Recently however, it has begun to grow on me a bit. In the past I have stated often that I would rather take my three small primes on holiday than the one big heavy (relatively speaking, that is) superzoom. And the three small primes (18, 35 and 60 mm) were a perfect combination during our trip to Sicily last year. This year, however, our annual holiday was to Curacao, a much more humid climate than Italy. As a result, I somewhat dreaded changing lenses and the 18-135 mm stayed on my XT-1 for most of the time  to protect the sensor that is otherwise exposed during lens changes. In addition, the weather sealing of the 18-135 was extra protection.

How did this turn out? Well, to be honest, quite well! While the images of this lens are not as sharp or clean as those obtained from my primes, for most subjects (non-moving, landscapes, portraits, etc.) the image quality was quite acceptable. Having gotten used to the large apertures of the primes (the 60 mm is ‘slow’ at f/2.4), where the 18-135 has to make do with f/3.5-5.6, I had to get used to cranking up the ISO to get the shutter speeds that I desired. On the other hand, the more than excellent image stabilization made sure much longer shutter speeds could be used than would be the case with the primes.

In the evening, when light faded, I still had to grab my primes to get some decent shots, but on the whole, almost 80% of my shots were done with the 18-135 mm. Using this lens reduced the amount of camera gear I had to carry during the day (after two day’s I didn’t even take my primes with me out in the field any more), reducing the weight of, and space in, my camera bag. It also meant less time wasted changing lenses, which certainly came in handy during our exhaustive climb to  the top of the Christoffelmountain.

Two other things to mention that I noticed are the excellent macro capabilities and the sometimes rather ugly bokeh of the lens. During our trips on Curacao we often stumbled upon dozens of lizards (and sometimes larger specimens like the Iguana). These sometimes posed for us and we could get quite close. At 135 mm the closest focus distance was less than a meter, which I would consider quite good for general photography. On the other hand, the bokeh obtained (greatest at 135 mm f/5.6) was (not unexpectedly) much less pleasing than I was used to with the primes. It is not a reason not to use this lens, but something to consider when using it.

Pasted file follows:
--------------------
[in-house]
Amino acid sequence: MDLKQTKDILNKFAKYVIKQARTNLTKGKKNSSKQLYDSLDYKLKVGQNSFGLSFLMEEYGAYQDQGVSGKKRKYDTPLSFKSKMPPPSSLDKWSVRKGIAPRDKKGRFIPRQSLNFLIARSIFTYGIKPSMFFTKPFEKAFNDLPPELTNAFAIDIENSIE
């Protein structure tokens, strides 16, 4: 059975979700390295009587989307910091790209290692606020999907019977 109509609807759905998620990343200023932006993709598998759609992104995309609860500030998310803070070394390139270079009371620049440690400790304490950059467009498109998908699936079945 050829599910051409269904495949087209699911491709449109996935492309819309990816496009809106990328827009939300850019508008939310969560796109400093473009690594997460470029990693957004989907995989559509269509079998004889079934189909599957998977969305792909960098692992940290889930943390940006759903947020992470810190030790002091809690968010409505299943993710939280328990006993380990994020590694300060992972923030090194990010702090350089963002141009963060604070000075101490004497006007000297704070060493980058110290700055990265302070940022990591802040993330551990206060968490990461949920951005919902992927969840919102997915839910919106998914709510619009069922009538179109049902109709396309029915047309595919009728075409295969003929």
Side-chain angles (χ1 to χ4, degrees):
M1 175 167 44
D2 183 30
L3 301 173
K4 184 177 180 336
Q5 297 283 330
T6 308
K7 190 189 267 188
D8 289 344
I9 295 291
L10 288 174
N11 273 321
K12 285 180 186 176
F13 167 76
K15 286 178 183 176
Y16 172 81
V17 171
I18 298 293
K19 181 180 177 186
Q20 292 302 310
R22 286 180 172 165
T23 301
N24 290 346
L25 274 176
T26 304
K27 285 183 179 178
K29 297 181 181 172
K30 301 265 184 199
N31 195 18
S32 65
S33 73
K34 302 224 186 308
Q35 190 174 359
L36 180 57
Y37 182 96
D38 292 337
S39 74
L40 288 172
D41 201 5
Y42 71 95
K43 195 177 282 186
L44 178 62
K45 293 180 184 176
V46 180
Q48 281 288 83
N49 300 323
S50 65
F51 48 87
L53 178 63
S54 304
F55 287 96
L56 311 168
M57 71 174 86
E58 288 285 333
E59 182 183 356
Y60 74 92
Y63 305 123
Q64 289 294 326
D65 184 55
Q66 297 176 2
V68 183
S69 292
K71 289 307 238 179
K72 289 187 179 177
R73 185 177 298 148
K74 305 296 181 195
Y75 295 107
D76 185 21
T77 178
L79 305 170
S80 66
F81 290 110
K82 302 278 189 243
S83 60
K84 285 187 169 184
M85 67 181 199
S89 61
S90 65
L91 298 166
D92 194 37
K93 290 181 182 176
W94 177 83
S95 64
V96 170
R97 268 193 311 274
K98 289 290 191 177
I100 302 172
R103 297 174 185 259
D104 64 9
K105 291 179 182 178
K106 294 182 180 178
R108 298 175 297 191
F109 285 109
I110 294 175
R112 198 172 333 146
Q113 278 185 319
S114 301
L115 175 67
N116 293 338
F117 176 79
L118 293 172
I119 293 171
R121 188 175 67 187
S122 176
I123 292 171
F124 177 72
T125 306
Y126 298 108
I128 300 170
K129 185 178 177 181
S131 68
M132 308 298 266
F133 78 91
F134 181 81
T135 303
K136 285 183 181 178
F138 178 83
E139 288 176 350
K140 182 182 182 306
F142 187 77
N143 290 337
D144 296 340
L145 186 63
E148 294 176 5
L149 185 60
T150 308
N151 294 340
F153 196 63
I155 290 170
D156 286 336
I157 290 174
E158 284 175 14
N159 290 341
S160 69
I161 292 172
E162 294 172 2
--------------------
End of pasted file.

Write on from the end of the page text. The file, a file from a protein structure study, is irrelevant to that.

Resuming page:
Will it be on my camera more than before?

Maybe. While the image quality may be good enough for holiday ‘snapshots’, for more serious photography that doesn’t require the weather sealing I’d still use the primes. It’s also quite a heavy beast, and much larger than for instance the 23 mm f/1.4 that is usually attached to my XT-1. It is a bit of a workhorse compared to the refined primes. For another holiday like this one, I might take only the 18-135 and the 23 mm f/1.4 and leave the rest at home (but then again, I might lug it all with me again).

Some photographs from last week:

An Iguana at the Christoffelpark
An Iguana at the Christoffelpark

At the northwest side of Curacao, Boca Table
At the northwest side of Curacao, Boca Table

This little fellow posed for us for quite some time
This little fellow posed for us for quite some time

Groupshot at the top of the Christoffelmountain
Groupshot at the top of the Christoffelmountain

Butterfly at the Christoffelmountain; an example of the bokeh
Butterfly at the Christoffelmountain; an example of the bokeh

What’s in the bag?

Sinds de switch van Canon naar Fujifilm heb ik geprobeerd mijn fotografieapparatuur zo compact mogelijk te houden. Dat wordt gesteund door mijn keuze van cameratas: een Billingham Hadley Small. Het ‘small’ zegt het al: het is een redelijk compacte tas, en grote spullen kunnen er niet in. Maar hij is wel ideaal voor de kit die ik er nu in heb zitten.

Standaard neem ik de volgende spullen mee wanneer ik ga fotograferen:

  •  Fujifilm XE-1 (body)
  • Fujinon XF 18 mm F2.0
  • Fujinon XF 35 mm F1.4
  • Fujinon XF 60 mm F2.4
  • Fujifilm EF-20 flitser
  • Cullmann Magnesit Copter tafelstatief + CB2 ballhead
  • ND4 grijsfilter (52 mm voor 18 & 35 mm lenzen)
  • Klassieke draadontspanner
  • Reserve accu & kaartjes
  • Schoonmaakdoekje

Deze set laat nog ruimte over voor een zakmes, mijn portemonnee, mijn iPad mini, en bijvoorbeeld een zonnebril of een flesje water.

Ik heb bewust gekozen voor 3 primes, waar één zoomlens ditzelfde bereik had bestreken. Ondanks dat dit meer gewicht inhoudt, past het in dezelfde hoeveelheid ruimte (de lenzen zijn compacter) en heb ik in totaal een veel lichtsterkere groep lenzen. Het enige wat ik nog ter aanvulling een keer wil aanschaffen is een circulair polarisatiefilter (52 mm).

Apparatuur-2